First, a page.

The Truth About Being An Entrepreneur

Being an Entrepreneur is exhilarating. I do it because I love it. I often talk about how I loath the idea of doing the same thing day in and day out and wishing for the weekend. For me, it seemed like such a sad state of affairs to live the majority of your life for the minority of your week and for other people to be responsible for how much you can earn, how much holiday you can take and what time you need to start and finish every day.

It doesn’t do it for me.

I would often find myself daydreaming, likening the rat race of corporate life to The Matrix and I knew instantly that I would, without hesitation, swallow the red pill and head willingly and wholeheartedly down into the rabbit hole.

But there are still some real truths about being an entrepreneur that I want to share with you based on my own experience so far.

  1. You can still find yourself a slave to other peoples needs.
    • It’s not always easy to transition from employee to business owner. If you’re not careful you swap 1 employer for many.
  2. You might still get bored.
    • Yes, it’s true. No matter how exhilarating being an entrepreneur is there is still boring stuff to do and it’s no more fun than the boring stuff you had to do as an employee – the difference is that anything you do is for your own benefit and that makes it boring but satisfying.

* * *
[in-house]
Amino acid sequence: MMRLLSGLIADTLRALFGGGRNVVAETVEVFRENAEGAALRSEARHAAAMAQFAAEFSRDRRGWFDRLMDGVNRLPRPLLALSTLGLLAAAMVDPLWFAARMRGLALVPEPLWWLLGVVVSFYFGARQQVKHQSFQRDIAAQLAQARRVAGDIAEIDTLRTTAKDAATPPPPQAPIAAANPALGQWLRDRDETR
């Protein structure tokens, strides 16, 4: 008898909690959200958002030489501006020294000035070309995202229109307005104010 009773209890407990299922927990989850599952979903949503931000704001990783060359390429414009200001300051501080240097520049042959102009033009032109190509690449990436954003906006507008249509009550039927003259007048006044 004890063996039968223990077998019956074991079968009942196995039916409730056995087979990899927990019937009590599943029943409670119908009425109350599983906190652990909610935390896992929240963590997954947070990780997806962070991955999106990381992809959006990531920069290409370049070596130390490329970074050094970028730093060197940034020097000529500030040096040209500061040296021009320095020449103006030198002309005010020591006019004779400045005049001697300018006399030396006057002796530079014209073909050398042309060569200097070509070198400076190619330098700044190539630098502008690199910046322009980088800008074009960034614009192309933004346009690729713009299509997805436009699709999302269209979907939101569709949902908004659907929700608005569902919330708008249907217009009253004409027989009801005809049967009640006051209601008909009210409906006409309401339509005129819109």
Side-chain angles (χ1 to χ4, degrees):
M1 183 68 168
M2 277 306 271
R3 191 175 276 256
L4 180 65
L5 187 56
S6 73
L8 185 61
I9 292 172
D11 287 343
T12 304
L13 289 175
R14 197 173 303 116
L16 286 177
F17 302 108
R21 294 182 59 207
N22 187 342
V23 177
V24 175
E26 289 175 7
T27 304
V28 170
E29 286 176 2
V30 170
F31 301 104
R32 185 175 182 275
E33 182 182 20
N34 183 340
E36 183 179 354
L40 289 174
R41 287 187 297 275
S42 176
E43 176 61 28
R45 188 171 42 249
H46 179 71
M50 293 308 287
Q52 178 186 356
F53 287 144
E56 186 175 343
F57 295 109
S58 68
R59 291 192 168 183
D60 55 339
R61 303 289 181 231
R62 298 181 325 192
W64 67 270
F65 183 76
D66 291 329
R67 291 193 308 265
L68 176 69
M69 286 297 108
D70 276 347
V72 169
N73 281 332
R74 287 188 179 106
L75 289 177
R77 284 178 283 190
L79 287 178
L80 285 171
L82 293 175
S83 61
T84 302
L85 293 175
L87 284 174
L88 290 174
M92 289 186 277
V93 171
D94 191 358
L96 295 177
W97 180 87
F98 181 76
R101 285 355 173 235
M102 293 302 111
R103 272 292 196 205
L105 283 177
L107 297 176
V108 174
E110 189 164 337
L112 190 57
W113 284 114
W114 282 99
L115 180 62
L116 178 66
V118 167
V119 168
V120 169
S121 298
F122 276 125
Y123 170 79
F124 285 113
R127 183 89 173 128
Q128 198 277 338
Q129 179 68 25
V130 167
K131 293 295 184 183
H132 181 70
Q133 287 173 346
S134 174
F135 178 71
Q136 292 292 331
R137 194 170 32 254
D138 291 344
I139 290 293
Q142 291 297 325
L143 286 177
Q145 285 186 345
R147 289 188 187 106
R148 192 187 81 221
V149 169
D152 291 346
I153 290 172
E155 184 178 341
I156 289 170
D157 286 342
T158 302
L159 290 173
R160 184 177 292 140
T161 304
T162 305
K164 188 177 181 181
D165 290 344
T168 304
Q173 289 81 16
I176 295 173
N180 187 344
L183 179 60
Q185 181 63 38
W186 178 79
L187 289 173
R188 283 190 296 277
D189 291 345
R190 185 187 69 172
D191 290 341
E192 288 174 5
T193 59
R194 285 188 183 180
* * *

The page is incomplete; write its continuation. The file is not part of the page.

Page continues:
3. You will easily double your working hours.
    • If you’re getting into business for the purpose of working less you’ve got another think coming. Particularly in the first year. I have worked more a hours for my business than I ever did for an employer. Why? Because you are invested, financially, physically and emotionally. I never feel like I’ve worked an 80 hour week but I do and you know what, I love it.
  4. Everyone will have an opinion.
    • It can be a bitter pill to swallow but everyone you know will have an opinion on what you’re doing. Along with all the supportive comments I have lost count of the amount of times people have told me I’m mad or brave (this is often a backhanded way of saying I’m mad) or that Brexit is going to dump all over my business and I will end up destitute – get used to hearing what everyone else thinks. Mostly, learn to stop soaking it in. Other peoples opinions are not your business.
  5. It’s all on you.
    • It’s a different kind of pressure. Make it or break it, it’s down to you. Whether that thrills you or terrifies you it’s the bottom line. Win lose or draw, it’s all on your terms.

Time management is probably the biggest issue when you first start out and it’s also one of the hardest things to get right. If you can then you really will steam ahead and those truths don’t create as much strain.

I’ve put together a guide of things you can do to find more time. As a new entrepreneur (or even as a seasoned one) it’s important to review what you’re doing frequently, if you think it might help you can download it here.

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